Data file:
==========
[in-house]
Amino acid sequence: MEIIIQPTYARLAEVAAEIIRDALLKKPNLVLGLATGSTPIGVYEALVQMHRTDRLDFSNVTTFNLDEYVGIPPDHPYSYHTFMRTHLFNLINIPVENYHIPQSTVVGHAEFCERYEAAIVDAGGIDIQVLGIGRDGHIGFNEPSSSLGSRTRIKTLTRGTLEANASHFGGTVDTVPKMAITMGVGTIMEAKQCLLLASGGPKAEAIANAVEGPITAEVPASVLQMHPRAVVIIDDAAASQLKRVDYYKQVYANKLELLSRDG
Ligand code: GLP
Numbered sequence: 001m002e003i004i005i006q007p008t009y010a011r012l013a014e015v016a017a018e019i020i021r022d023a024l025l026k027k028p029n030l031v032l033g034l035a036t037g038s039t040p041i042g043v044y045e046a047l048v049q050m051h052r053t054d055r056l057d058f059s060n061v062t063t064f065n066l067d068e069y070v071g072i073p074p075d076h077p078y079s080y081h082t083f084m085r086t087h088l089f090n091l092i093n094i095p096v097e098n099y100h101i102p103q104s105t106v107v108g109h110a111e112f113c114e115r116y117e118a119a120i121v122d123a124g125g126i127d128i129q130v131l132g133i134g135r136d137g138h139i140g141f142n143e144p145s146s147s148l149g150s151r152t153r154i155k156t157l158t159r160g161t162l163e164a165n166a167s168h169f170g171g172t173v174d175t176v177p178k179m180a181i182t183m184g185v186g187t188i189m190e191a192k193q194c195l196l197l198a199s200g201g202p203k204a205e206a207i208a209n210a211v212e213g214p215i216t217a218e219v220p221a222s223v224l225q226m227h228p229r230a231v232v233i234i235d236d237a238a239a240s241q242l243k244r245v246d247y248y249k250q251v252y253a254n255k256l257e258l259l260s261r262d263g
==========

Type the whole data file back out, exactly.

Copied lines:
[in-house]
Amino acid sequence: MEIIIQPTYARLAEVAAEIIRDALLKKPNLVLGLATGSTPIGVYEALVQMHRTDRLDFSNVTTFNLDEYVGIPPDHPYSYHTFMRTHLFNLINIPVENYHIPQSTVVGHAEFCERYEAAIVDAGGIDIQVLGIGRDGHIGFNEPSSSLGSRTRIKTLTRGTLEANASHFGGTVDTVPKMAITMGVGTIMEAKQCLLLASGGPKAEAIANAVEGPITAEVPASVLQMHPRAVVIIDDAAASQLKRVDYYKQVYANKLELLSRDG
Ligand code: GLP
Numbered sequence: 001m002e003i004i005i006q007p008t009y010a011r012l013a014e015v016a017a018e019i020i021r022d023a024l025l026k027k028p029n030l031v032l033g034l035a036t037g038s039t040p041i042g043v044y045e046a047l048v049q050m051h052r053t054d055r056l057d058f059s060n061v062t063t064f065n066l067d068e069y070v071g072i073p074p075d076h077p078y079s080y081h082t083f084m085r086t087h088l089f090n091l092i093n094i095p096v097e098n099y100h101i102p103q104s105t106v107v108g109h110a111e112f113c114e115r116y117e118a119a120i121v122d123a124g125g126i127d128i129q130v131l132g133i134g135r136d137g138h139i140g141f142n143e144p145s146s147s148l149g150s151r152t153r154i155k156t157l158t159r160g161t162l163e164a165n166a167s168h169f170g171g172t173v174d175t176v177p178k179m180a181i182t183m184g185v186g187t188i189m190e191a192k193q194c195l196l197l198a199s200g201g202p203k204a205e206a207i208a209n210a211v212e213g214p215i216t217a218e219v220p221a222s223v224l225q226m227h228p229r230a231v232v233i234i235d236d237a238a239a240s241q242l243k244r245v246d247y248y249k250q251v252y253a254n255k256l257e258l259l260s261r262d263g